This is where organ-chips can make a difference. One of the largest organ-chip studies to date found that each of the 22 hepatotoxic drugs used in the study had previously been found to be safe in animal studies, only to be reclassified as toxic once given to patients. This suggests that almost 90% of DILI cases in clinical trials could be prevented by supplementing animal studies with organ-chips. That means fewer failed trials, fewer liver transplants and fewer patient deaths. That’s just for DILI. Organ-chips are being developed for a multitude of applications in predictive toxicology.

Stepping Toward Integration

The hERG assay profoundly improved patient safety, and organ-chips may do the same. For this to happen, a community needs to be built around organ-chips to foster knowledge sharing, innovation and formulation of regulatory incentives.

Fortunately, recent trends indicate such a community is developing. The volume and scale of organ-chip research have grown in recent years, and we’ve seen an increase in data sharing through events like the MPS Summit and the launch of platforms like Moxi. This community has the opportunity to collaborate and drive large-scale studies needed to validate specific organ-chip applications.

Driven by this growing community, the International Consortium for Innovation and Quality in Pharmaceutical Development (IQ Consortium) published guidelines that detail baseline characteristics that each new organ-chip must demonstrate to qualify as a valid model. Such guidelines help legitimize organ-chips and ease the path toward regulatory approval. To this end, the FDA’s newly created iSTAND initiative was launched to provide a path toward regulatory approval for devices like organ-chips.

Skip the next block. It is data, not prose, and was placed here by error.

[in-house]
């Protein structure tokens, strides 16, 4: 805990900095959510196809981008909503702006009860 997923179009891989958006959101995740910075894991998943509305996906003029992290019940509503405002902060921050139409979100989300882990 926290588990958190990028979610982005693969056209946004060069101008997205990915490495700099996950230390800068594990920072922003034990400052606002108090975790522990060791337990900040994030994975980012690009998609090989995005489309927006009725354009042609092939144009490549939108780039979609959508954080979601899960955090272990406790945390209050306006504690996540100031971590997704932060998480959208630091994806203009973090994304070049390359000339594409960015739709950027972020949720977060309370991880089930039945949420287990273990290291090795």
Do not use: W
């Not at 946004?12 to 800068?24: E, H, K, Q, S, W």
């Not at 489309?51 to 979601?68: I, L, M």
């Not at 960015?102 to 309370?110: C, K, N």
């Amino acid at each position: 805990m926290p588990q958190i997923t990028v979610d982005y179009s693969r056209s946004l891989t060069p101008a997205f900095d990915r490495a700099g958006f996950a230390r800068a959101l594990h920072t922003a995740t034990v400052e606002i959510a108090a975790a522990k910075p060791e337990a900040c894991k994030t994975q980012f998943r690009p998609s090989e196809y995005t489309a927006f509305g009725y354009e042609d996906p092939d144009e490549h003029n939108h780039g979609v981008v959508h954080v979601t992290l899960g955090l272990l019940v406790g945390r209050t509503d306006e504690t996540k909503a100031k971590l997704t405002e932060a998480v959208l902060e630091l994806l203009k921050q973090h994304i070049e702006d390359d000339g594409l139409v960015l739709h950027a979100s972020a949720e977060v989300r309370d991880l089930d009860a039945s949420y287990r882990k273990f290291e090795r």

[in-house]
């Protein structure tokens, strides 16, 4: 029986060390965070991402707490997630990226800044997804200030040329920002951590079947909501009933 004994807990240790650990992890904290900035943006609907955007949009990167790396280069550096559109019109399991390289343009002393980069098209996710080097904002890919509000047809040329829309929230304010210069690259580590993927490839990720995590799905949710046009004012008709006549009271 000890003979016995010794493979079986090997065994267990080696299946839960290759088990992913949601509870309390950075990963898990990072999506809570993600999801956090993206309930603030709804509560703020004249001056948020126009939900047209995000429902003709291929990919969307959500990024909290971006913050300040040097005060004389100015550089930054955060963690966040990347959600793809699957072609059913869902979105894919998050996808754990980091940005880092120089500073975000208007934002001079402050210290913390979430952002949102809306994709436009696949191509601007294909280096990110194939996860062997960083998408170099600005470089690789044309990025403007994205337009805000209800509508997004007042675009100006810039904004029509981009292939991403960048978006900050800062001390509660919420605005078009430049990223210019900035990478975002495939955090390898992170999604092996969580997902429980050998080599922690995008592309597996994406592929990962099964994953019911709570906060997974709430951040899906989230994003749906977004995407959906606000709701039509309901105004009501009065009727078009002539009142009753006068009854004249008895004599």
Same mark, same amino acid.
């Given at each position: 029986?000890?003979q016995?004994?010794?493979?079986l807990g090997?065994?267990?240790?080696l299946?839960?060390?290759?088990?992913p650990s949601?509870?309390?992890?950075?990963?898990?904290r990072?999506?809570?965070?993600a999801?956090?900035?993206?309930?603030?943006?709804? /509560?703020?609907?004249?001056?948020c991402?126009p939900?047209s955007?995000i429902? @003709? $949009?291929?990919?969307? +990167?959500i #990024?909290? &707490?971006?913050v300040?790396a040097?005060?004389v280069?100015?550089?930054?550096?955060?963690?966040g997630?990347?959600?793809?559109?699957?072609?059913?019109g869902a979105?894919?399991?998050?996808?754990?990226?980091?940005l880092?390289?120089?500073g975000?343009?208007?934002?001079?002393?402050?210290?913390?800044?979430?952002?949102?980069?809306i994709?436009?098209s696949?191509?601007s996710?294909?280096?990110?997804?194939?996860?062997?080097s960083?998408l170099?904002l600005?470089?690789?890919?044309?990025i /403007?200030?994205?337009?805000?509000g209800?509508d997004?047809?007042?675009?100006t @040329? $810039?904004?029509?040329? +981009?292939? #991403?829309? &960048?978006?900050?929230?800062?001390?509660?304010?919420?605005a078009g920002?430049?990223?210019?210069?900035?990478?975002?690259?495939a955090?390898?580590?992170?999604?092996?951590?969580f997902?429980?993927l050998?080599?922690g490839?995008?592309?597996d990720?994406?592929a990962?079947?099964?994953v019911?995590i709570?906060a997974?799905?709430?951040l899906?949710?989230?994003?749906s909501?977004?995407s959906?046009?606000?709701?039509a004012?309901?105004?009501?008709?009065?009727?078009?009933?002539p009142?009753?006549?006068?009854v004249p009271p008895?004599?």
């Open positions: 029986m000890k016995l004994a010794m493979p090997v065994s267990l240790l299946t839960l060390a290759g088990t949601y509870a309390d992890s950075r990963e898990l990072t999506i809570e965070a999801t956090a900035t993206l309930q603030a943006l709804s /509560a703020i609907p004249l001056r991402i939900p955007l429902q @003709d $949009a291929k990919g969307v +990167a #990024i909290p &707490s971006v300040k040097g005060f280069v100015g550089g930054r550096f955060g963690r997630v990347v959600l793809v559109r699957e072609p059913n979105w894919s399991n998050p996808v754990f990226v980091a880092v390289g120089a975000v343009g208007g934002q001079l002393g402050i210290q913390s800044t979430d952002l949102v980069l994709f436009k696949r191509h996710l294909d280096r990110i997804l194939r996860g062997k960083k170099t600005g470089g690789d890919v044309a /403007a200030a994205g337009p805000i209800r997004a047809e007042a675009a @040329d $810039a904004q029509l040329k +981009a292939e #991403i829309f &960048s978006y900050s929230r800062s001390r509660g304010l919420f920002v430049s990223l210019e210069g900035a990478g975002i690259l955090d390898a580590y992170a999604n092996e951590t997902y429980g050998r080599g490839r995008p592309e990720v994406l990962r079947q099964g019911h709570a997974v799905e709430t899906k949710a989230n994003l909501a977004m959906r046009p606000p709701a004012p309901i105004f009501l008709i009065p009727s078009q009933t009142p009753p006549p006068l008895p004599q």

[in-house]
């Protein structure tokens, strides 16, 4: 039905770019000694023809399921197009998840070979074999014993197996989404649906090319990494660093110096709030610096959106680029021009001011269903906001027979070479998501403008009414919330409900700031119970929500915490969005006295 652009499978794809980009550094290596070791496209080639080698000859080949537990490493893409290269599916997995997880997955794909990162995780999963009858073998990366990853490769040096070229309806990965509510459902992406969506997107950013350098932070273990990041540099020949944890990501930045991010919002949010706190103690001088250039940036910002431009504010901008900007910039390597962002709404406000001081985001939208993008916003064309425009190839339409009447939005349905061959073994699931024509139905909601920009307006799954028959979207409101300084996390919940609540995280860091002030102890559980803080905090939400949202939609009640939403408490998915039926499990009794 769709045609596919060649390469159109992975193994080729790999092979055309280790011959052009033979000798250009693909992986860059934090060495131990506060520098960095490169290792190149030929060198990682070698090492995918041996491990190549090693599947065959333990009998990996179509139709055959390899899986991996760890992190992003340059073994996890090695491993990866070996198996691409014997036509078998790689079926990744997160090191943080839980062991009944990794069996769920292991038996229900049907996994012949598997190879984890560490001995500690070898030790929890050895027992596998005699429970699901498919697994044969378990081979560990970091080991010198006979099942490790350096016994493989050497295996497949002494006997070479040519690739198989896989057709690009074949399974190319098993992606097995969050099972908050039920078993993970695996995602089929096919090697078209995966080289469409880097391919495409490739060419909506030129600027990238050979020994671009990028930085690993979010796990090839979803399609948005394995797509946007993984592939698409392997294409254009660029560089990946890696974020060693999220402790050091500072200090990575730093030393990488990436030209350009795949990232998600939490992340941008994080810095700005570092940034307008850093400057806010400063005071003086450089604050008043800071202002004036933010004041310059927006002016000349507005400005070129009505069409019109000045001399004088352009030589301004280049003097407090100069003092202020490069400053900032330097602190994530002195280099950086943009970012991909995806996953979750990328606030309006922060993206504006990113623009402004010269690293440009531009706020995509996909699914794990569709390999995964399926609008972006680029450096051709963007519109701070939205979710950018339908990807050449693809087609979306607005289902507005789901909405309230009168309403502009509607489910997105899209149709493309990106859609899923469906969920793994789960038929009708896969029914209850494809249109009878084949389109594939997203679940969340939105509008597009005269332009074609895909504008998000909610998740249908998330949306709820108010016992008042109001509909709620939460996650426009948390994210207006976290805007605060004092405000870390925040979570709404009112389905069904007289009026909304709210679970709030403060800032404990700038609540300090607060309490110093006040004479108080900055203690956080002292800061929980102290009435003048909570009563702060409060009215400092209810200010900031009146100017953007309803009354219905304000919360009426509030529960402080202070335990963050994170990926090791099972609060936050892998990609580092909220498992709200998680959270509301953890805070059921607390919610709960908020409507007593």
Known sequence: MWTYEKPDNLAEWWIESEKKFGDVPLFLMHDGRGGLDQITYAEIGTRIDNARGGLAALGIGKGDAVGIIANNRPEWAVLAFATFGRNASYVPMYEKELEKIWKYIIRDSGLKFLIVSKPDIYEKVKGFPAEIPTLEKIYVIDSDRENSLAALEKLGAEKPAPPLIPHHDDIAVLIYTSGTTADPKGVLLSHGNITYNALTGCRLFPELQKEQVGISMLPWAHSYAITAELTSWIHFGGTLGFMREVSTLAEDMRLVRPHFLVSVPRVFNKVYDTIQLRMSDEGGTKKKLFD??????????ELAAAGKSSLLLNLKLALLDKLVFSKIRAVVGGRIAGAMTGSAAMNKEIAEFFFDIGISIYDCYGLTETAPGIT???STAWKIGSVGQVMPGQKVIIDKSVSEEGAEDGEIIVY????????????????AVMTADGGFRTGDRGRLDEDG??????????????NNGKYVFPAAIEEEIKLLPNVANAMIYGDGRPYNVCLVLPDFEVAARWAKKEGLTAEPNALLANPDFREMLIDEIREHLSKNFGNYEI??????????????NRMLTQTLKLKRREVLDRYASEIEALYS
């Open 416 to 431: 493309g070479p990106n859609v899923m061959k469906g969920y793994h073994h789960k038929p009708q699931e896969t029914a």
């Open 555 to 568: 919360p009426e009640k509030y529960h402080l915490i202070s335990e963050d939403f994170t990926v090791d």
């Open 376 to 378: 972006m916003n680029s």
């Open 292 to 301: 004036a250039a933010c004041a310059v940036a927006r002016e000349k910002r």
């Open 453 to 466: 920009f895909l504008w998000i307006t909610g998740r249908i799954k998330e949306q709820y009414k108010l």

If an organ-chip is demonstrated to be superior to animal models for predicting drug toxicities, legislation will be needed to incentivize its use. There is a growing movement to divest in the use of animals for predictive toxicology. In addition to statements of intent to decrease animal testing from the NIH and the EPA, legislative bodies have taken up the cause as well. This year, the U.S. congress is voting on the FDA Modernization Act—a landmark bill allowing researchers to replace animal models in preclinical drug screening with better model systems, including organ-chips. Similarly, the Humane Research and Testing Act of 2021 was put before congress. If passed, the bill would establish the National Center for Alternatives to Animals in Research under the NIH to fund the development of alternative research models (like organ-chips), to train scientists on applying these models, and to form collaborative research networks using these models.

Collectively, it’s clear organ-chips are on a path toward widespread adoption. But it’s not a sure thing.

In order for the organ-chip field to mature, we must expand the scale of research projects to qualify organ-chips, innovate technology to make it cheaper and higher throughput, and push for progressive regulations prioritizing patient safety over the status quo. These are not trivial hurdles, but they’re not insurmountable. The field has momentum, and if we lean into it, we may be able to build a safer, more productive future.